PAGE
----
It won’t work for every company, but more companies than you might expect can take advantage of a subscription pricing model. Gym memberships, janitorial services and online music subscriptions are common examples, but accounting firms and law firms can implement this model in the form of a monthly retainer. The more project-based clients you can convert to subscription payments, the more predictable your cash flow will be.

5. Build a war chest.

Is cash flow not a problem for your company? Good for you – and may your good fortune continue. But there’s no guarantee that it will. Economic conditions and industry stability can change in the blink of an eye.

In an Entrepreneur Magazine article titled “How Much Cash Do You Need for Your Business’s Safety Net?” the author writes about Reece Sewing Machine Co. Never heard of it? That’s the point. The company was awash with cash after World War II, when it looked like sewing machine orders would never slow down. But when business flat-lined a few years later, the business went bankrupt, the victim of overconfident spending and too much overhead.

Abundant liquidity isn’t an excuse for abundant spending. Plan for the future during lucrative times by building your war chest, a fund you can use to reinvest money into your business as you need to.

As a rule, avoid parking excess cash in savings accounts at local banks. Online banks offer much higher interest rates than brick-and-mortar competitors due to their lower overhead.

6. Find a way to accept work, even when you’re too busy.

You want to keep your clients happy as possible, but that difficult to do if you turn down their business when they need you most.

Many consultants, freelancers and independent service providers know the angst of refusing work during busy times and waiting for the phone to ring when business is slow. Henman advises businesses to find creative ways to say yes when an opportunity is available, even if doing so seems like a stretch.

“Do as much as you can, and then get temp help or hire part-timers or use other consultants,” says Henman.

Henman has been on both sides of the consultant relationship, sometimes taking on overflow work from peers and other times contracting it out. The important thing is to remain the primary contact for your clients so you are the one building the relationship.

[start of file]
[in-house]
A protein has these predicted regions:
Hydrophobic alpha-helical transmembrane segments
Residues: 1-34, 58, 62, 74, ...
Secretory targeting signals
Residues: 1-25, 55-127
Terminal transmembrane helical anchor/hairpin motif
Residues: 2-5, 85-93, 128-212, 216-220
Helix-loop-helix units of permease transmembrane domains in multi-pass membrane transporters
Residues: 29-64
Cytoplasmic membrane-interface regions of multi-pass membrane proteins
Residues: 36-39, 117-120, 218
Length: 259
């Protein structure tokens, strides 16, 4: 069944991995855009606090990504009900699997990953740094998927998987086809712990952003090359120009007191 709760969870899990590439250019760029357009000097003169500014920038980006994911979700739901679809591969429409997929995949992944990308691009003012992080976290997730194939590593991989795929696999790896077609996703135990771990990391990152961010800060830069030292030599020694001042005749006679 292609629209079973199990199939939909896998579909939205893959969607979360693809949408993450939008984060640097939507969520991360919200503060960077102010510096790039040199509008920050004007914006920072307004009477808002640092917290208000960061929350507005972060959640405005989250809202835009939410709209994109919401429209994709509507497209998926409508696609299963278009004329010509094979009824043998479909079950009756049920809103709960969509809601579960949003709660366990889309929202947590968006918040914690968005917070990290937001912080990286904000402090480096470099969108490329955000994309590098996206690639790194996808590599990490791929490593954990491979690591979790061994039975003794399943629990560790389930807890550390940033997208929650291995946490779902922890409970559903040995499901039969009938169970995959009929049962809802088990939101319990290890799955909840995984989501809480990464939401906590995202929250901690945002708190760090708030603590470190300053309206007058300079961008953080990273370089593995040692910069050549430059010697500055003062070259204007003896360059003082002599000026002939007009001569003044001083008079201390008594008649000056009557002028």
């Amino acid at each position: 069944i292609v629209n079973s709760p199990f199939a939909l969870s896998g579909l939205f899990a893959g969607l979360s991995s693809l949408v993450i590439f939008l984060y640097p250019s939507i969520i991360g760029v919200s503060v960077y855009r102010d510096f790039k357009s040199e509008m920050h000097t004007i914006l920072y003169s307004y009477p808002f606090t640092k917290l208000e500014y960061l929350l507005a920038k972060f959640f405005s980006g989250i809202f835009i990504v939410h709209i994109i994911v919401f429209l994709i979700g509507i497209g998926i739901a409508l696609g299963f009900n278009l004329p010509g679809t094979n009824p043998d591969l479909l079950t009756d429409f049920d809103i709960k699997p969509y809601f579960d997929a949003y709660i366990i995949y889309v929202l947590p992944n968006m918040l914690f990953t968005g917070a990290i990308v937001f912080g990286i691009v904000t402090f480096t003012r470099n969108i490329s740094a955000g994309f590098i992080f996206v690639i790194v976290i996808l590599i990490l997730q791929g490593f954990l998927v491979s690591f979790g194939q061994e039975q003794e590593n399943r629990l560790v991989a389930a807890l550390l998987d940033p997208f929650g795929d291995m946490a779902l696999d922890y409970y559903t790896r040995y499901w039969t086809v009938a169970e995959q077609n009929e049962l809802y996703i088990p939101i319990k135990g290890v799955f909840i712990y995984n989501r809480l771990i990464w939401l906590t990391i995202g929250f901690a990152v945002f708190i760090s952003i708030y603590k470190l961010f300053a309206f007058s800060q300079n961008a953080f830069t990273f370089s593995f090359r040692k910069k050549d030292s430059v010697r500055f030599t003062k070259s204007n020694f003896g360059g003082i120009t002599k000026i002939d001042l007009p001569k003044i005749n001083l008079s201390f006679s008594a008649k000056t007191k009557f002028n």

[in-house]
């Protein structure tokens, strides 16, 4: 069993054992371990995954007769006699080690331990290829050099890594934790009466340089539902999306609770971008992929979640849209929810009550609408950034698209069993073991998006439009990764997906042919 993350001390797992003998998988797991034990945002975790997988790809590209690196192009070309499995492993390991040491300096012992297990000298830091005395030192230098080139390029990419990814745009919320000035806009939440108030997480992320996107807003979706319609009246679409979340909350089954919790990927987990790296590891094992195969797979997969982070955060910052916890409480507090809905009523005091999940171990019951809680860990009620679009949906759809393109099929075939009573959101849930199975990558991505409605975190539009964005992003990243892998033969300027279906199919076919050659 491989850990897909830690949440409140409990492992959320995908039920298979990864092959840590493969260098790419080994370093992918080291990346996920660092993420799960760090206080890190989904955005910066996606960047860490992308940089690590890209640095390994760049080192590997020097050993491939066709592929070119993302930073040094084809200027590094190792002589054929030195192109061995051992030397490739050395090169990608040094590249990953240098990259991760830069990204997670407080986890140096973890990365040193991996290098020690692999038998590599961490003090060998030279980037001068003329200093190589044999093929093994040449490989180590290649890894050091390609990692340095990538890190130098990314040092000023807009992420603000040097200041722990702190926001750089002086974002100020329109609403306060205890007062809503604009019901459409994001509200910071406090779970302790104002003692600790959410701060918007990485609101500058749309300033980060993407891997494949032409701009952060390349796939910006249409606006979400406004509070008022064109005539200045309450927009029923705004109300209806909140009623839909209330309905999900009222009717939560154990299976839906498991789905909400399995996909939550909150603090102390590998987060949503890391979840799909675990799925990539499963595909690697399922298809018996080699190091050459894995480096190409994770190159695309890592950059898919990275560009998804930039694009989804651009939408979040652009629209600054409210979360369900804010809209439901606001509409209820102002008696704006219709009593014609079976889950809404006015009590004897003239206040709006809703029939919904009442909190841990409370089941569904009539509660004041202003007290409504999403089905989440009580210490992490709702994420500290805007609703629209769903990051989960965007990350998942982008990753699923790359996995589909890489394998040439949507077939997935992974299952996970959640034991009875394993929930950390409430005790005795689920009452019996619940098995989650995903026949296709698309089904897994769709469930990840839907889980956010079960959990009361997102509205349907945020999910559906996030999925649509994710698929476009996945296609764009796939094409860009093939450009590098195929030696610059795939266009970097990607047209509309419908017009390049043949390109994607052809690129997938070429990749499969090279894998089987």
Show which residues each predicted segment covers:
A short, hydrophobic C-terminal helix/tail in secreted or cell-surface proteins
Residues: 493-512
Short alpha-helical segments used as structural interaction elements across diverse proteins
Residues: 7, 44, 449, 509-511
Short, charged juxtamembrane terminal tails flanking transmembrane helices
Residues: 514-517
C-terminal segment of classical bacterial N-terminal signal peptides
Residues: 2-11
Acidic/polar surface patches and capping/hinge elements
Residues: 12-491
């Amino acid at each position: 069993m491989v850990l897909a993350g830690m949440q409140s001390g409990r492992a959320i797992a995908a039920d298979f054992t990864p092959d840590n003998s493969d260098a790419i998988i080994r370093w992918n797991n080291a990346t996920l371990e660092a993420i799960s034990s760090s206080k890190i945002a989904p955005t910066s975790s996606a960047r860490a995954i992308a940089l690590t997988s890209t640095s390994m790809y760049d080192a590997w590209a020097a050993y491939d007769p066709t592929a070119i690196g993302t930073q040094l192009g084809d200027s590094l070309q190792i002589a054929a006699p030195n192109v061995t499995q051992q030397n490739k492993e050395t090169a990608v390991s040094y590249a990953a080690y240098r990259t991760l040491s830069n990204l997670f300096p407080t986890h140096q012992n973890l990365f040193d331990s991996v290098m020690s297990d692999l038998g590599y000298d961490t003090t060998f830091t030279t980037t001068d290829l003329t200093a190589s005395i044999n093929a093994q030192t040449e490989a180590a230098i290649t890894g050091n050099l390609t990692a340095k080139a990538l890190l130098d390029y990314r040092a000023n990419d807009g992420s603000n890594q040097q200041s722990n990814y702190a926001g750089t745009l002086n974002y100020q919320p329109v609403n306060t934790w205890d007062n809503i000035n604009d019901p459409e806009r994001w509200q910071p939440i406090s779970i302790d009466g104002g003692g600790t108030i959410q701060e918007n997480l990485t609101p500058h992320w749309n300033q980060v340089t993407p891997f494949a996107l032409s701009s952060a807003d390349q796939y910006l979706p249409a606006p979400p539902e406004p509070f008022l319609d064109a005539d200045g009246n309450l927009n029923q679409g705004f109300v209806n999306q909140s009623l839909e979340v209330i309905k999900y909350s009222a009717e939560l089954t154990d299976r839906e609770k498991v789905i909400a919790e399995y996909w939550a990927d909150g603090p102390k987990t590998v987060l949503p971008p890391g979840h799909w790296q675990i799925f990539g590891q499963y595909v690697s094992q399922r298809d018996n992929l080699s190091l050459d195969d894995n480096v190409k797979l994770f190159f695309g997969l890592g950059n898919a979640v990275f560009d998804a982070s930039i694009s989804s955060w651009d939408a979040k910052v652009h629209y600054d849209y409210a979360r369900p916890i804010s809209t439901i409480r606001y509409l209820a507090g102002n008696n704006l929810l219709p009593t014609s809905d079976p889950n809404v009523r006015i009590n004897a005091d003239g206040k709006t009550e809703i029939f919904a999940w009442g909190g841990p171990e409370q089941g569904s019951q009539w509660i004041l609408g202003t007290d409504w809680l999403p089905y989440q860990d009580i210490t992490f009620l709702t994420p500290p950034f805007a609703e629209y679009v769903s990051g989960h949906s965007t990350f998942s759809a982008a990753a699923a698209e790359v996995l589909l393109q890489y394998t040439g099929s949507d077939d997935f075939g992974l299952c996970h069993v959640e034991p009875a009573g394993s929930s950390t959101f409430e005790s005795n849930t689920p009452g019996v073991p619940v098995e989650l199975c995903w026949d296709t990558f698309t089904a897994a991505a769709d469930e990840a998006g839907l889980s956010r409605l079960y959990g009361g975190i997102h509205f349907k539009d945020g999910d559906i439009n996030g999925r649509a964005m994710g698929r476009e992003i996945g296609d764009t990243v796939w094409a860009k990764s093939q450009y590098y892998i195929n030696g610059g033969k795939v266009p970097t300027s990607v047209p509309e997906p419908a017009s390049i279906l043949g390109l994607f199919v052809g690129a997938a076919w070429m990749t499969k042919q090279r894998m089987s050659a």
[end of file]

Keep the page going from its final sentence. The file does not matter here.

“Even if you break even on the job, you’ve developed a relationship that could prove valuable in the future,” she says.

When partnering with another company or consultant, only work with those you trust to do great work and be professional, and who you are confident won’t poach your clients when the job is finished.

7. Master inventory management.

If your company stockpiles materials for production or operations, better inventory management could help you minimize risk and increase the predictability of cash flow.

One strategy is to have a consignment inventory, which involves contracting with a supplier to keep your warehouses and facilities stocked only on an as-needed basis.

“You don’t buy inventory all at once, but you’ll pay your supplier to manage the inventory level for you,” Fritsch says. “The advantage is being able to avoid big cost expenditures at the beginning of a manufacturing cycle.”

It’s also a way of making sure warehoused materials don’t become obsolete.

Just-in-time (JIT) inventory management is a similar strategy, which involves maintaining barebones inventory and ordering only when needed. Inventory never sits in storage and is used almost immediately to turn a profit.

Managing cash flow is a constant challenge for most companies and one that must be confronted aggressively. “Cash flow needs to be a strategy rather than a tactical decision,” Henman says. “Stay proactive, not reactive.”

Bonus tips

Entrepreneur Chris Chocola says one of the earliest lessons he learned in business was that “balance sheet and income statements are fiction, cash flow is reality.” To position your business for long-term success, here are a few more strategies for effectively controlling cash flow.

Always have financing in place. Do all you can to get a bank loan or line of credit established before your company needs it. No matter how successful your business is, there will come a time when you face a cash crunch. You want to seek funding when your company is in a stable position.

Extrapolate your cash needs. Prepare cash flow projections so you’ll know as far in advance as possible when problems are likely to occur. You should also have an understanding of when major cash outlays are expected.

Triage your payments. If the time comes when you can’t afford to pay everyone, you’ll have to make some hard decisions. First to be paid are lenders (so they’ll be open to lending to you again) and the vendors that are most critical to your operation. Consider approaching all of your vendors to ask about extending your payment schedule. Bills from one-time relationships can slip to 90 days or later if necessary. But don’t even think of putting off the IRS. The resulting fees and penalties can slowly choke a business.

Use the FOGS framework. This good advice comes from the Wall Street Journal. FOGS is an acronym that helps businesses determine the validity of major expenditures. Ask yourself these four questions: What’s the financial impact of the purchase? How will it affect my operations? Will it further my goals? Will it align with my strategy? If the purchase doesn’t line up with one or more of those questions, you’ve saved your business from a major expenditure and contributed to better cash flow.